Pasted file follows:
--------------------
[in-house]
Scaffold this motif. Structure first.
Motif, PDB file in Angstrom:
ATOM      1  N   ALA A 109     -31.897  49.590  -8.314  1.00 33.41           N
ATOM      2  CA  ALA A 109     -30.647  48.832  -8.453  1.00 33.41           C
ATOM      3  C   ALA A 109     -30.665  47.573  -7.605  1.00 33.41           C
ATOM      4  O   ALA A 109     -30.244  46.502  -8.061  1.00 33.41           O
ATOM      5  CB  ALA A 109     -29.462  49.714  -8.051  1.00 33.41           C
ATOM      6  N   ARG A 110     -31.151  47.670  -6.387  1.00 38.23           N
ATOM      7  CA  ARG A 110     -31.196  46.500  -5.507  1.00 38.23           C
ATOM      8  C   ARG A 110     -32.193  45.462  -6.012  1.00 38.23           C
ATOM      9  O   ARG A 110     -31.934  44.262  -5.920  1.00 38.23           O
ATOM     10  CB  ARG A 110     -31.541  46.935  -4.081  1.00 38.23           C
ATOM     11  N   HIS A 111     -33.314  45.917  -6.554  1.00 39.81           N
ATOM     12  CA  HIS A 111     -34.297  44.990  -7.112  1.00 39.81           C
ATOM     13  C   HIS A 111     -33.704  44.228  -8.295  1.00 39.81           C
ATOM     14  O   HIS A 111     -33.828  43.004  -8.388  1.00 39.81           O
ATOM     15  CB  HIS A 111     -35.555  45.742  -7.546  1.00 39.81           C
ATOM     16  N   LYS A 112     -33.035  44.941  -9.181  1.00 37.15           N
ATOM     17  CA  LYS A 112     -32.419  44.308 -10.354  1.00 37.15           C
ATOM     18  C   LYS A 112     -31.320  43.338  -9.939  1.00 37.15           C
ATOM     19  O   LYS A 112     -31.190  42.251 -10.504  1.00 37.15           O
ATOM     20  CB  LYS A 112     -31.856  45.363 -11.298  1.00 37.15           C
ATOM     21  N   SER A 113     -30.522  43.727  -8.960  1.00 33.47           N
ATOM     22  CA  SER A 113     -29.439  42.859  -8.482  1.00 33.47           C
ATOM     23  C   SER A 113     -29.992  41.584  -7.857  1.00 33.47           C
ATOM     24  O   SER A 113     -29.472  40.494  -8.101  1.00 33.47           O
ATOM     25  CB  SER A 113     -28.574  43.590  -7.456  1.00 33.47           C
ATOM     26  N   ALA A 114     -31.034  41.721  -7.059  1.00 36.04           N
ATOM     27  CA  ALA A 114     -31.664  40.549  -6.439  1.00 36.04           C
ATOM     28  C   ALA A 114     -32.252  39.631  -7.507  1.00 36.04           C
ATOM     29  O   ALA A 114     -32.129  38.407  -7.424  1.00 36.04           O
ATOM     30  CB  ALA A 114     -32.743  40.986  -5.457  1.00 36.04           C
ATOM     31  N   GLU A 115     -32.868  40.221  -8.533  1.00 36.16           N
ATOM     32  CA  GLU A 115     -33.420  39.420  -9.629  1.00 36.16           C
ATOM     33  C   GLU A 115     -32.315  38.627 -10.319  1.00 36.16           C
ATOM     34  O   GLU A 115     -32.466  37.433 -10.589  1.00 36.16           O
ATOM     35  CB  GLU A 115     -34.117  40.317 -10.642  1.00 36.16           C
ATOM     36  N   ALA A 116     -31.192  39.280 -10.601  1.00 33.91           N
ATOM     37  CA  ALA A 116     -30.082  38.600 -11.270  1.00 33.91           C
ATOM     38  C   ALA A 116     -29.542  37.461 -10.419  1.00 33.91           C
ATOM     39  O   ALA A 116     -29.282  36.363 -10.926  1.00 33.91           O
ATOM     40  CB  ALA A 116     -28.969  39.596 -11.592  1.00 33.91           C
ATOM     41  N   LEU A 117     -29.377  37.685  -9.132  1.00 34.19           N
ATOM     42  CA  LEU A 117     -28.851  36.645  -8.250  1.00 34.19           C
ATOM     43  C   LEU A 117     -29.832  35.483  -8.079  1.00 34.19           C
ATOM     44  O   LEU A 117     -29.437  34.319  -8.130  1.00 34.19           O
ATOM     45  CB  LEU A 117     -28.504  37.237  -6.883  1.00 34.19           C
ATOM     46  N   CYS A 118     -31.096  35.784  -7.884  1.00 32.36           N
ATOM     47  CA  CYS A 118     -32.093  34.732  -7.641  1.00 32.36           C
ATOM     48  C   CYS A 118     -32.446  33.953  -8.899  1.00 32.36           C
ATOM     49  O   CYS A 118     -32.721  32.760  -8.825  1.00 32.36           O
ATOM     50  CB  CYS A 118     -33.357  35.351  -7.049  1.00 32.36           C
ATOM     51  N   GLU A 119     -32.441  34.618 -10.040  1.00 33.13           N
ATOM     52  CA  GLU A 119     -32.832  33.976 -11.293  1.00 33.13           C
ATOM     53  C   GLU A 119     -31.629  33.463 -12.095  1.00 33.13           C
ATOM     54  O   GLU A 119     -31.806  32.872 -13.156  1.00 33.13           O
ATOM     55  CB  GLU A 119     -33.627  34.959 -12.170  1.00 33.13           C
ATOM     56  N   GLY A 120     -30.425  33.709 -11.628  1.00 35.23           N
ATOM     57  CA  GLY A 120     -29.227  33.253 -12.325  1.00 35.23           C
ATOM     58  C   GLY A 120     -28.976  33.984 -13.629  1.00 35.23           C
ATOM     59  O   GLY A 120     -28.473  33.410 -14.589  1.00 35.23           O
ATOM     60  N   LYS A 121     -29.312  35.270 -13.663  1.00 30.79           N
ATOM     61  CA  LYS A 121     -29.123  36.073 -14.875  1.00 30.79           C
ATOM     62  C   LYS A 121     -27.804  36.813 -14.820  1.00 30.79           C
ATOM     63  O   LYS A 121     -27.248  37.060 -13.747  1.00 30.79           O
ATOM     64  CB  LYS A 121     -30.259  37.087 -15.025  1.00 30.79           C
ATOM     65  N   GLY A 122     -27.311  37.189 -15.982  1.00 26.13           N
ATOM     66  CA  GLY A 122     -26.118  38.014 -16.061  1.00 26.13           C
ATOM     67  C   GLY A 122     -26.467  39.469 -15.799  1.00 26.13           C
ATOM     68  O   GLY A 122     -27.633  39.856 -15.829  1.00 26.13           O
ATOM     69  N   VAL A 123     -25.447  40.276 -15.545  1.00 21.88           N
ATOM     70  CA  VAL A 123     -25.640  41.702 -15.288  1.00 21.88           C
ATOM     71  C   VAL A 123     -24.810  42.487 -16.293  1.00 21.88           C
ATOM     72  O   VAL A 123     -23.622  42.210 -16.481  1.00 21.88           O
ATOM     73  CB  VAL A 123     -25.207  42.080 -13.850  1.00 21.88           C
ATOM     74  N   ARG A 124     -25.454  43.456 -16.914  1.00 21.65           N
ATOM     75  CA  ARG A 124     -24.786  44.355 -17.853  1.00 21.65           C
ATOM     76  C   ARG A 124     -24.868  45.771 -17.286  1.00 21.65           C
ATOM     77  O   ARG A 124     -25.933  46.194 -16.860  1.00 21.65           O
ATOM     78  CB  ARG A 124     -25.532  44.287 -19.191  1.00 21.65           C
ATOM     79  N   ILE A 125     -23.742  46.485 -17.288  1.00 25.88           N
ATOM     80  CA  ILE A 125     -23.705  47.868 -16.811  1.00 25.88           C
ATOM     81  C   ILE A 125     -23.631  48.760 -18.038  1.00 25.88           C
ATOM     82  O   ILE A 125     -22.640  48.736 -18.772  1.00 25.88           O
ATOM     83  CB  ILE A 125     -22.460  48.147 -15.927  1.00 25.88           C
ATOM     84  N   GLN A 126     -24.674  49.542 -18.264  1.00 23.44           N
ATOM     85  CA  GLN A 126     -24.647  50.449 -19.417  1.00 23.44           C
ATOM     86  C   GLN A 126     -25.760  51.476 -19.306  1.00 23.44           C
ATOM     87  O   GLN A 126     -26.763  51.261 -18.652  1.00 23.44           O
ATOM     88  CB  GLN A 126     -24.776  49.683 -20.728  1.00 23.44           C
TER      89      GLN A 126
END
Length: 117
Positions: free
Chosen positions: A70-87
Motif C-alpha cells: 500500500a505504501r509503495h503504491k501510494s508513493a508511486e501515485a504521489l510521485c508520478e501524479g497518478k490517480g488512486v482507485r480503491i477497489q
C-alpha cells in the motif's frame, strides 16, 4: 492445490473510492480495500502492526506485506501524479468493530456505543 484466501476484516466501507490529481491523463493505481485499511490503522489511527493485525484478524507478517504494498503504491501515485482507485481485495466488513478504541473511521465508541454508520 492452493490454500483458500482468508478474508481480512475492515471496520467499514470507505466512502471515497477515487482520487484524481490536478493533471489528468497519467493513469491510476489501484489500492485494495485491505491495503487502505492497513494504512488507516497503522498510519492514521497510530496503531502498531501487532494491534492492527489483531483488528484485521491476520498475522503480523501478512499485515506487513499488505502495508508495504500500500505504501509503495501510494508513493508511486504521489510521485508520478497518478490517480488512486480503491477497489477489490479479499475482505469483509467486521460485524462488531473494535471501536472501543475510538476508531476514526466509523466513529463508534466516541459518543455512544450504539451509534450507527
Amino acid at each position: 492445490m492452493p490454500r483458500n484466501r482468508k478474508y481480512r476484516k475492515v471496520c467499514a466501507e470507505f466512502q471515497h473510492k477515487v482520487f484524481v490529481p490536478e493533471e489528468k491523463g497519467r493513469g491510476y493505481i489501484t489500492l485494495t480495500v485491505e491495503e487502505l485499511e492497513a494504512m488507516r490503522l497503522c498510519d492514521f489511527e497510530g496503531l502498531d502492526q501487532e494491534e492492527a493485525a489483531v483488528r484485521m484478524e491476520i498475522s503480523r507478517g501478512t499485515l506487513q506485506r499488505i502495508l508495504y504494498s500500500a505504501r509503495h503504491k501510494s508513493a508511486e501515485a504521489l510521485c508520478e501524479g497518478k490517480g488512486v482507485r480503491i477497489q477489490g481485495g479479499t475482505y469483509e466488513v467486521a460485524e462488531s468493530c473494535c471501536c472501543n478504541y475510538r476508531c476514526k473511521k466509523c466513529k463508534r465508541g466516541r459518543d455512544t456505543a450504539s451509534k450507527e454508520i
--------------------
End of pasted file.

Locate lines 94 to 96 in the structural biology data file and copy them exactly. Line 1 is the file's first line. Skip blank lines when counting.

Length: 117
Positions: free
Chosen positions: A70-87